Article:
A simple Beaujolais in name and in price, Dupeuble’s rosé (and red . . . and white, for that matter) should not be mistaken for a basic bottle of wine. Sure, it is supremely thirst-quenching, as any self-respecting rosé should be, and it is darn fun to drink—we are talking about Beaujolais, after all. But consider that the Gamay vines here are up to seventy years old, and they grow in an intricate mix of granite, clay, and sandy soils. The outcome is a wine of real substance, with an extra dimension of depth along with an array of delightful flavors and textures.
In the hamlet of Le Breuil, deep in the southern Beaujolais and perched above a narrow creek, the Domaine Dupeuble has been running almost continuously since 1512. Anna’s son Paul, and her grand children Ghislaine and Stéphane Dupeuble, manage the domaine. Today the domaine it is comprised of one hundred hectares, about forty percent of which are vineyards, planted primarily to Gamay. The grapes are harvested by hand and vinified naturally and without SO2. The wines of Dupeuble represent some of the best values in the Beaujolais today and are widely regarded for their very high quality and eminently reasonable price.
After years of the region’s reputation being co-opted by mass-produced Beaujolais Nouveau and the prevalence of industrial farming, the fortunes of vignerons from the Beaujolais have been on the rise in the past couple of decades. Much of this change is due to Jules Chauvet, a prominent Beaujolais producer who Kermit worked with in the 1980s and arguably the father of the natural wine movement, who advocated not using herbicides or pesticides in vineyards, not chaptalizing, fermenting with ambient yeasts, and vinifying without SO2. Chief among Chauvet’s followers was Marcel Lapierre and his three friends, Jean Foillard, Guy Breton, and Jean-Paul Thévenet—a group of Morgon producers who Kermit dubbed “the Gang of Four.” The espousal of Chauvet’s methods led to a dramatic change in quality of wines from Beaujolais and with that an increased interest and appreciation for the AOC crus, Villages, and regular Beaujolais bottlings.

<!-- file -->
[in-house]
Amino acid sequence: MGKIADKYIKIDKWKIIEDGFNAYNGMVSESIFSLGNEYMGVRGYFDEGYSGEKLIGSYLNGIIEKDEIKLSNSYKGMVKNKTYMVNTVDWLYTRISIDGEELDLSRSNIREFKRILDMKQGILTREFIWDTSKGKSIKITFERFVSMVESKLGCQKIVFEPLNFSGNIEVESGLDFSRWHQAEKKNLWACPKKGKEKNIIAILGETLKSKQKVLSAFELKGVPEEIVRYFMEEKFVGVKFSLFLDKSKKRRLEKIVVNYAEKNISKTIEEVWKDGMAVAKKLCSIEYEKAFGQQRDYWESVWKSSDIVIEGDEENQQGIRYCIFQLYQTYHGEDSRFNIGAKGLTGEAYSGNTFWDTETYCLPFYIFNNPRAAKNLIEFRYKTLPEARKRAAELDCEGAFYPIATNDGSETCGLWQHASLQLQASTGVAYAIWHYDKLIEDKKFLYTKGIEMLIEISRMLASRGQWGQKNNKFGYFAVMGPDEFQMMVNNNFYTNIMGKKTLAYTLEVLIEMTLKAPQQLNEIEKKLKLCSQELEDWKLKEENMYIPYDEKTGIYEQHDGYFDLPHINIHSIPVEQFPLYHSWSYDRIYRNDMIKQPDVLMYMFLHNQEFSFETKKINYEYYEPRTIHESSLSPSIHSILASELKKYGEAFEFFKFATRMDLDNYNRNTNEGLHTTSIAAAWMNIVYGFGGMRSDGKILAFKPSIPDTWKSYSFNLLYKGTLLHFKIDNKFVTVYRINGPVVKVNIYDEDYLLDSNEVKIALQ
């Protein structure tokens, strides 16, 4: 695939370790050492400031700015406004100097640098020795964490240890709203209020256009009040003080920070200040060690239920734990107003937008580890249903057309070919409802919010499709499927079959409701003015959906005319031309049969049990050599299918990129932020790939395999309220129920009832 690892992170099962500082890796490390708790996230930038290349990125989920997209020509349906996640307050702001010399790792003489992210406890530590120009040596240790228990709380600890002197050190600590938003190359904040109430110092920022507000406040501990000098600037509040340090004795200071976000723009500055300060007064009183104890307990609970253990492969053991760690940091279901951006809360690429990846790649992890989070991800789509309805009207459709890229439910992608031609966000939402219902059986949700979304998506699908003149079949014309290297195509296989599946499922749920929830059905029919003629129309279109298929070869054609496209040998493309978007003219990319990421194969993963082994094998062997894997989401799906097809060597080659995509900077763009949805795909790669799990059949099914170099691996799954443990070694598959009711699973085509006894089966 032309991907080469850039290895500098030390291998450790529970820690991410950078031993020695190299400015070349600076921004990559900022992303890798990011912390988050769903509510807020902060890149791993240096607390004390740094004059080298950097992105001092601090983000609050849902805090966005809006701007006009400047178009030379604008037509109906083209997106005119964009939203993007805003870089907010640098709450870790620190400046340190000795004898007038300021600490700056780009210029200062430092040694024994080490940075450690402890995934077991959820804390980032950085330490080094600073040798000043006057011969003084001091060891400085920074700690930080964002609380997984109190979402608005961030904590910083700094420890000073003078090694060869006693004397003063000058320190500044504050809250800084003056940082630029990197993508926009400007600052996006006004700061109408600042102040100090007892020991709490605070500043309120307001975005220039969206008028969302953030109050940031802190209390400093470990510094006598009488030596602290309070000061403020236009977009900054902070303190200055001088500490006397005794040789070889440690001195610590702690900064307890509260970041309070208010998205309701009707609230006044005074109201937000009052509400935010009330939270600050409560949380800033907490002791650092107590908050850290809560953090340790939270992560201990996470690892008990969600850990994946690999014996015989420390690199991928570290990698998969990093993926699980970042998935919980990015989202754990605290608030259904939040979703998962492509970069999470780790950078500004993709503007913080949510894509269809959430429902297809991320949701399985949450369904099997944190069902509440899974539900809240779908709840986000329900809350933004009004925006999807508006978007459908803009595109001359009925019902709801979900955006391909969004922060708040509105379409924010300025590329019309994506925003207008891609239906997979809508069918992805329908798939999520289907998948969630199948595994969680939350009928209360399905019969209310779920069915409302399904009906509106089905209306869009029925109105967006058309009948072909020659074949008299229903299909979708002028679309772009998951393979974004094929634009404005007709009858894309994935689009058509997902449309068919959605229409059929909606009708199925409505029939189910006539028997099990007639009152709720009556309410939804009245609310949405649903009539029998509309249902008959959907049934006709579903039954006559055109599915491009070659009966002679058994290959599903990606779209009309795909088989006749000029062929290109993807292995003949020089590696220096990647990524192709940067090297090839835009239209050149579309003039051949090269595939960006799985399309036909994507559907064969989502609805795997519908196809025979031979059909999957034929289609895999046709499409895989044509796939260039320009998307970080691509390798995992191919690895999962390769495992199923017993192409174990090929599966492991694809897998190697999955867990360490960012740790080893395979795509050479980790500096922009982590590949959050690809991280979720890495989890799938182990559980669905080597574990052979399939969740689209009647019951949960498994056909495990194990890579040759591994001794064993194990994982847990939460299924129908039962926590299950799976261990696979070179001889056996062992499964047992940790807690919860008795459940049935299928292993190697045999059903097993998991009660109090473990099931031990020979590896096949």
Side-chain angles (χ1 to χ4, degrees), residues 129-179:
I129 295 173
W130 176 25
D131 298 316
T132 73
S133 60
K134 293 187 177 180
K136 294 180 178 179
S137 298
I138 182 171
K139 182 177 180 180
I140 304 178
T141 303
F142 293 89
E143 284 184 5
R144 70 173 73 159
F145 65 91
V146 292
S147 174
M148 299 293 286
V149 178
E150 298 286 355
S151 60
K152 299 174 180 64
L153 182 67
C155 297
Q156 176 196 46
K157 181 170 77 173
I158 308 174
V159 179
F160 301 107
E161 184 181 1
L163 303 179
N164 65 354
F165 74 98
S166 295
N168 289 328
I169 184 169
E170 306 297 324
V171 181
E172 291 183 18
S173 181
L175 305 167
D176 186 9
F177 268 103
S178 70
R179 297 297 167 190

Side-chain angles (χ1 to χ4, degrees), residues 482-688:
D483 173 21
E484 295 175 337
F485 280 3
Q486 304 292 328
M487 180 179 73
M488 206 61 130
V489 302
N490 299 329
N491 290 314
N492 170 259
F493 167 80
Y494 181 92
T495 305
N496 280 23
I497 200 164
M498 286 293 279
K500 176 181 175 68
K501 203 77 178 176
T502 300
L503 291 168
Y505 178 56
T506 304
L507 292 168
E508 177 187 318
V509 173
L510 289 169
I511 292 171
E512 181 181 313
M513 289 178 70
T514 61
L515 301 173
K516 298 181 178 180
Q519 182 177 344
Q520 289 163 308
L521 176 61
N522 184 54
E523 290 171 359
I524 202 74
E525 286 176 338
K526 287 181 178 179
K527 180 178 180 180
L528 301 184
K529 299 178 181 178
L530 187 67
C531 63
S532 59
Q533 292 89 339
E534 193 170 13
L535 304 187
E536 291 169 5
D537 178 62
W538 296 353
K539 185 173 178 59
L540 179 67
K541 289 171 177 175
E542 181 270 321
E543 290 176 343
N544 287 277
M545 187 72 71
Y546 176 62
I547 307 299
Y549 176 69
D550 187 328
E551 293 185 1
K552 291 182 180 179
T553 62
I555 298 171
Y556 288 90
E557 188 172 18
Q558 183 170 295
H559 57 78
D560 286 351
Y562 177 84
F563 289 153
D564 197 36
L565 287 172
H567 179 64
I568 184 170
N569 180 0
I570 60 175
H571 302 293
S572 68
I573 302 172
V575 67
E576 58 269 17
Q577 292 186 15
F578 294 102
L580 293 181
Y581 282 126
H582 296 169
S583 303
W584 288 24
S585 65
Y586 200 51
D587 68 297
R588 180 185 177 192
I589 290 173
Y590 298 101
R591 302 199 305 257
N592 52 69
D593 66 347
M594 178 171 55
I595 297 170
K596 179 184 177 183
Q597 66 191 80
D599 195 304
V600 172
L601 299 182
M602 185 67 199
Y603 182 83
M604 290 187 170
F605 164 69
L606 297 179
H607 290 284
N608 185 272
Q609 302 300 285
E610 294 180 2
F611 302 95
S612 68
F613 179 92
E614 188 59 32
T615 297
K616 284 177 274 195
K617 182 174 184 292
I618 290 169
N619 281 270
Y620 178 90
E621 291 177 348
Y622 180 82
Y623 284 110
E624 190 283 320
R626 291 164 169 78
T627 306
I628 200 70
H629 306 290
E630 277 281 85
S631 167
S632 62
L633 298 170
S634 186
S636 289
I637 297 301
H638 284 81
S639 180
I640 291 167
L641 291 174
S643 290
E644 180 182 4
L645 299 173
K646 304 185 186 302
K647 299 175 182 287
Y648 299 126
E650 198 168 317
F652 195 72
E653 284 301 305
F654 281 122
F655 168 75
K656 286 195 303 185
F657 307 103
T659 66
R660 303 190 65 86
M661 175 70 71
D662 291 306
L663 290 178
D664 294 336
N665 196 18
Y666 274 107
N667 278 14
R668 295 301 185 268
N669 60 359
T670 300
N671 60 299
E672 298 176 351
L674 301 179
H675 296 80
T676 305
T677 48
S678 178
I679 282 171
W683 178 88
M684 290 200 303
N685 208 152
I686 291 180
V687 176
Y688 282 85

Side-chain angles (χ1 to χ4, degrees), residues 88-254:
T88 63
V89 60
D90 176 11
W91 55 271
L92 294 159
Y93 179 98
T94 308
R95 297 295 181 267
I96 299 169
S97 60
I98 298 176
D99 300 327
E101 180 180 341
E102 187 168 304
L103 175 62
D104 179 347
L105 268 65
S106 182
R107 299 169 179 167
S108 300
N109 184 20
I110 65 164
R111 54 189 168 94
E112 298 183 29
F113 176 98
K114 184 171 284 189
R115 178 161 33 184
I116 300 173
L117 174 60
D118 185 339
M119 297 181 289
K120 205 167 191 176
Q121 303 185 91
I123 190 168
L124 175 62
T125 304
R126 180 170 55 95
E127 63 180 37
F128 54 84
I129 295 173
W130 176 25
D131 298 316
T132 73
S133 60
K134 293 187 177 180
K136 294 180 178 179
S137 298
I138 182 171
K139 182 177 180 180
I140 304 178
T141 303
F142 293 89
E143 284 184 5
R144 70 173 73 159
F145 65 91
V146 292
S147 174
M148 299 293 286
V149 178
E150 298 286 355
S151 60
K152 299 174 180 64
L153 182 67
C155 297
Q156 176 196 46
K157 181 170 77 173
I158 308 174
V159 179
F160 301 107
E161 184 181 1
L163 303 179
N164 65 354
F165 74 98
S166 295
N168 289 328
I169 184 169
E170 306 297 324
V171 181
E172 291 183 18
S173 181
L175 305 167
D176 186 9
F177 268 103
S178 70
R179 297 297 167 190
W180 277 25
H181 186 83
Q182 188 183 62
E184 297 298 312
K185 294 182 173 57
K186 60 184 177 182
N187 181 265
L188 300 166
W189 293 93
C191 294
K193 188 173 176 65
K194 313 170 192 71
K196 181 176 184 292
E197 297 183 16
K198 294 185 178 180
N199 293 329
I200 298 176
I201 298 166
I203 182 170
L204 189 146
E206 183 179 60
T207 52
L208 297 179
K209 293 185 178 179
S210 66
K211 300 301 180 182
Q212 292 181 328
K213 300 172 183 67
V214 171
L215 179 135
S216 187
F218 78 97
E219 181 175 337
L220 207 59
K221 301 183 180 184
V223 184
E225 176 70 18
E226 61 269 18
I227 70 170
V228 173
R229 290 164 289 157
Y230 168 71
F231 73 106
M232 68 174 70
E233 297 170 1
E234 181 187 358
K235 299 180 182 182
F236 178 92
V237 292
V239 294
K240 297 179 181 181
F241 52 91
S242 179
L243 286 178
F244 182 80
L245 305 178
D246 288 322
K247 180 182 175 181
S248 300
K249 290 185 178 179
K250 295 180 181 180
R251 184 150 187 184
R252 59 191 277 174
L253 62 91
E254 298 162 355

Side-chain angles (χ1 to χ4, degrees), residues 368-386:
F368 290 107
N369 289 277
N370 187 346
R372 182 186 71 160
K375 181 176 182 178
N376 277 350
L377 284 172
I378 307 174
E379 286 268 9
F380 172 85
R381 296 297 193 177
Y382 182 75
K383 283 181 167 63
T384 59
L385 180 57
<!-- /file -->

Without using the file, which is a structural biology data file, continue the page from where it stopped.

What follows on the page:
The crus of Beaujolais are interpreted through the Gamay grape and each illuminate the variety of great terroirs available in the region. Distinguishing itself from the clay and limestone of Burgundy, Beaujolais soils are predominantly decomposed granite, with pockets of blue volcanic rock. The primary vinification method is carbonic maceration, where grapes are not crushed, but instead whole clusters are placed in a tank, thus allowing fermentation to take place inside each grape berry.
Much like the easy-going and friendly nature of many Beaujolais vignerons, the wines too have a lively and easy-drinking spirit. They are versatile at table but make particularly good matches with the local pork sausages and charcuterie. Though often considered a wine that must be drunk young, many of the top crus offer great aging potential.
Every three or four months I would send my clients a cheaply made list of my inventory, but it began to dawn on me that business did not pick up afterwards. It occurred to me that my clientele might not know what Château Grillet is, either. One month in 1974 I had an especially esoteric collection of wines arriving, so I decided to put a short explanation about each wine into my price list, to try and let my clients know what to expect when they uncorked a bottle. The day after I mailed that brochure, people showed up at the shop, and that is how these little propaganda pieces for fine wine were born.—Kermit Lynch
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